ATLANTA, July 27 -- A bomb blast which killed two people and injured 110 others at a park crowded with Olympic revelers early Saturday will be treated by law enforcement as an act of terrorism, but International Olympic officials refused to allow the explosion to derail the Centennial Games.
"The Games will go on. I repeat, the Games will go on," IOC director general Francois Carrard announced at a hastily called news conference. However, the IOC directed that a moment of silence be observed for the victims at each venue and Olympic flags be flown at half-staff.
"We must continue," said Billy Payne, president of the Atlanta Committee for the Olympic Games. "As much as we feel so discouraged and hurt by the occurrence, the Olympic movement remains one of the bright hopes of the future. We cannot, cannot deviate from our mission."
The explosion took place at 1:25 a.m. EDT near a concert stage, one of three within the confines of Centennial Olympic Park, where thousands had gathered on a cool Atlanta evening for a free rock concert. While all sporting venues connected with the Olympics are secured areas, the park was open to the public.
FBI spokesman Woody Johnson said, "The explosion will be treated as an act of terrorism unless any other explanation surfaces."
Atlanta took on a tense atmosphere as reports started to come in of suspicious-looking packages, including one across the street from the Main Press Center, where the world's media is headquartered to report on the Games.
Immediately following the explosion, already-tight security at the Marriott Marquis Hotel, which houses IOC and ACOG officials, was tightened even more.
"We had some security people do additional patrols through the hotel," said hotel spokesman Gordon Lambourne. "We've noticed some additional patrols near the hotel since this incident."
Johnson refused to determine the type of device, though police had found a suspicious package near the stage and were in the process of clearing the area when the device went off. Atlanta police received a telephone warning moments before the blast ripped through downtown Atlanta in the early hours of Saturday morning.
FBI officials confirmed that Atlanta police received a 911 call before the explosion and, after tracing the call, took fingerprints from the phone booth where the call was placed.
The security effort for the Atlanta Games includes members from five different law-enforcement agencies, and they went into full alert once the bomb went off.
"The investigative people on the ground also were there in New York [after the World Trade Center bombing] and in Oklahoma City," Johnson said.
Eyewitnesses described scenes of carnage and chaos in the moments after the explosion.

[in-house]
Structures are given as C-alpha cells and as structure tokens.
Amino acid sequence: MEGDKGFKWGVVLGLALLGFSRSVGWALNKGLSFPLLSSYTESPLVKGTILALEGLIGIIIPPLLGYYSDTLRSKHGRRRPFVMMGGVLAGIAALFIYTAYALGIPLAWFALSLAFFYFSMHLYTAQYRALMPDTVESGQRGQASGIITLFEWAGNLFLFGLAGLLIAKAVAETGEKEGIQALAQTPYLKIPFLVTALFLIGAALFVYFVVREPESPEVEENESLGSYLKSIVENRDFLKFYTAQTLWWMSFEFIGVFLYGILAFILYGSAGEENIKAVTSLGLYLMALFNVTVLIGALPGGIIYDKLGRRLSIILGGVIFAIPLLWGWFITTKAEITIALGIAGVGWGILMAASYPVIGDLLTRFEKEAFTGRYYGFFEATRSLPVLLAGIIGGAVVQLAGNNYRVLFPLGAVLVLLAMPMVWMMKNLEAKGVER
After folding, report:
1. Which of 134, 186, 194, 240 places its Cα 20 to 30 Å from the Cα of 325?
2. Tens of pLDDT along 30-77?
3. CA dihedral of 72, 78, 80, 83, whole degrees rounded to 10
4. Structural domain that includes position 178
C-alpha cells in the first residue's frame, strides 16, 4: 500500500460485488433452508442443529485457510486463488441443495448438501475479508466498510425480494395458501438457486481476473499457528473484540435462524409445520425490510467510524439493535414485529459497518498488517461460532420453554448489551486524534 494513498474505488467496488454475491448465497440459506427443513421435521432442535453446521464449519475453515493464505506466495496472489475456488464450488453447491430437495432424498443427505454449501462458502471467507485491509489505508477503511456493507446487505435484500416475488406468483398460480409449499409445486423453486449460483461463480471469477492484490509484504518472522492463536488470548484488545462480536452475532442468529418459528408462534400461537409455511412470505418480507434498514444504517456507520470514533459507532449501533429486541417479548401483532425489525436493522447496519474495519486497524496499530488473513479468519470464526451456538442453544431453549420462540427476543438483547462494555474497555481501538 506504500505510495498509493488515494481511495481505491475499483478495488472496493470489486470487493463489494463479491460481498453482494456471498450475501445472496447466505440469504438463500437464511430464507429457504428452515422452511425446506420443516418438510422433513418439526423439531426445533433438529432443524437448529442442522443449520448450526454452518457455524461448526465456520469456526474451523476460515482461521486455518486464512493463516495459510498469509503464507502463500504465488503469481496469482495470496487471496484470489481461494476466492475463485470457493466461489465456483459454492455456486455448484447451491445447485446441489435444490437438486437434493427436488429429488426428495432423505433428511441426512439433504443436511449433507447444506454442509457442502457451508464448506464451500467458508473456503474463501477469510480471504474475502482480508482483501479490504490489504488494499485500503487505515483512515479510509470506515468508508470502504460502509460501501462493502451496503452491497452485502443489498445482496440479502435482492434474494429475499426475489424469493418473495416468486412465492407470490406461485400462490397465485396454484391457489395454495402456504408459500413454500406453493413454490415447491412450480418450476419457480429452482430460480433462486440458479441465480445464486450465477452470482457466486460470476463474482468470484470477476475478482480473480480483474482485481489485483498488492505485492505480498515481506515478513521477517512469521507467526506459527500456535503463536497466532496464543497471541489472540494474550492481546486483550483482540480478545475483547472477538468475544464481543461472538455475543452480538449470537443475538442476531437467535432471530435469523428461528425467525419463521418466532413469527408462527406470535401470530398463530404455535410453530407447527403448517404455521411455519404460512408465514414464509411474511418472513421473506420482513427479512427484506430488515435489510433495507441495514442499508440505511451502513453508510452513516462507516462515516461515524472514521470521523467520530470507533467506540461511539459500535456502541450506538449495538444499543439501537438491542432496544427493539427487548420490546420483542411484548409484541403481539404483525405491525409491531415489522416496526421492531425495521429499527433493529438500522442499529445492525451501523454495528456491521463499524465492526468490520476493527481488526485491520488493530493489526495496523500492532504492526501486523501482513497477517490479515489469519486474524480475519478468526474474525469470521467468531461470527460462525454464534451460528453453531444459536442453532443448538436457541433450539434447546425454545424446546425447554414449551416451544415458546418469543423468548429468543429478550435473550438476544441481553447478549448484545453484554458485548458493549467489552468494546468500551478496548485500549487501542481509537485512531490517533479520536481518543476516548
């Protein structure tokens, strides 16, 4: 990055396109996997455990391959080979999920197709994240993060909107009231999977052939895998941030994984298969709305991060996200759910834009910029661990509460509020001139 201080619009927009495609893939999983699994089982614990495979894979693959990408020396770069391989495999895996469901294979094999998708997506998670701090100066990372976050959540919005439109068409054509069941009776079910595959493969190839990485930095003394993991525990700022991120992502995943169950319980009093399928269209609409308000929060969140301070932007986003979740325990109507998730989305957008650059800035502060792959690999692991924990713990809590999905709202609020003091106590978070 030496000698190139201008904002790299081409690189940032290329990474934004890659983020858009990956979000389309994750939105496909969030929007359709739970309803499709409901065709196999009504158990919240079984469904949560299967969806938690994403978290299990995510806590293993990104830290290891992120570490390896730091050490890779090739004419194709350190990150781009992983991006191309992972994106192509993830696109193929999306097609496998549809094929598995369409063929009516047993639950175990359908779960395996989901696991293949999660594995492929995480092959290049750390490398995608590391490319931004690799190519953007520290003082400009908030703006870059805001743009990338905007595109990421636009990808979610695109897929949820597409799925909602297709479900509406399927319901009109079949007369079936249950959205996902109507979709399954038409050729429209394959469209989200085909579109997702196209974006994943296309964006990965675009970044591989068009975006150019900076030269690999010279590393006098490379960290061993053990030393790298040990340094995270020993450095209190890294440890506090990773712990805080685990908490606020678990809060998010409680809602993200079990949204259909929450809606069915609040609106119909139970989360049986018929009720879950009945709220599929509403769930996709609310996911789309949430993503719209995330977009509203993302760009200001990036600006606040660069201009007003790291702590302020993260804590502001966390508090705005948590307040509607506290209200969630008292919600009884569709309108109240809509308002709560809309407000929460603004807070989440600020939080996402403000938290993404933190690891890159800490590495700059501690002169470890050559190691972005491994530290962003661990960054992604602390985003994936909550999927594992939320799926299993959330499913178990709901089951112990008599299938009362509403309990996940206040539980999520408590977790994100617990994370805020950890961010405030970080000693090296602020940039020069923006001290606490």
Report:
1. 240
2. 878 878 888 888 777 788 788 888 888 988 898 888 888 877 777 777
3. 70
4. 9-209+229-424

Jennifer Ellis, an employee for the Atlanta Committee for the Olympic Games, said, "I saw people bleeding, I saw people crying, I heard people screaming. There had to have been hundreds of people [injured], but I saw 15 to 20."
The explosion revived memories of the 1972 Munich Games in which 11 Israeli athletes were killed by Palestinian terrorists. Those Games were postponed for 34 hours, but the full schedule of events were ultimately completed. And just like Munich, the athletes have been asked to keep the Olympic flame burning.
Carrard said athletes who had to wake up early Saturday morning had been informed of the explosion, but they had been told to continue with plans to compete. The first event scheduled for Saturday was at the equestrian venue about an hour from Atlanta.
British fencer Fiona McIntosh said, "I think most of the competitors are professional. It is going to come as a terrible shock, and everyone is going to be distressed and unnerved," she said. "But most of those people know how to focus on their event. I am sure once they have been assured that all their friends and family are all right, they will just get on with it.
"I think you have to fight against any activity like this by showing that things go on as normal. It's horrendous, but, yes, I think the Games must go on."
Security at the Atlanta Olympics has been extremely tight after a TWA jetliner exploded shortly after takeoff from New York two days before the Games began. There has still been no determination what caused that explosion.
More than 25,000 security officers -- the biggest American peacetime force in history -- have been deployed for the Games, which have been plagued by security and organizational problems over the past week.
Day 8 of the Olympics had been billed as "Super Saturday" and was to be highlighted by one of the Olympics' blue ribbon events -- the men's 100 meters.
"We will march together, continuing to make the best of this situation to rejuvenate the spirit of Atlanta and to share it with the world for the next eight days as we have for the first eight," Payne said.
Centennial Olympic Park, Payne's inspiration for urban renewal, lies right in the heart of downtown in close proximity to several key Olympic locations. It is flanked on each side by the two main news-generating facilities used at the Centennial Games -- the Main Press Center to the east and the International Broadcast Center to the west.
The IBC is housed in a part of the Georgia World Congress Center, which also serves as a venue for five of the sports on the Olympic program. Just beyond the GWCC is the Omni, site of Olympic volleyball competition, and the Georgia Dome, where basketball and gymnastics have been contested.
Also directly to the west of the park is the Omni Hotel, where the U. S. men's basketball "Dream Team" -- featuring such NBA stars as Charles Barkley, Shaquille O'Neal and Scottie Pippen -- has been housed.
Most of the 21-acre site has given way to a "tent city" housing exhibitions built by such Olympic sponsors as AT&T, Swatch and General Motors. The concert going on at the time of the blast took place on a stage in front of the "AT&T Global Olympic Village."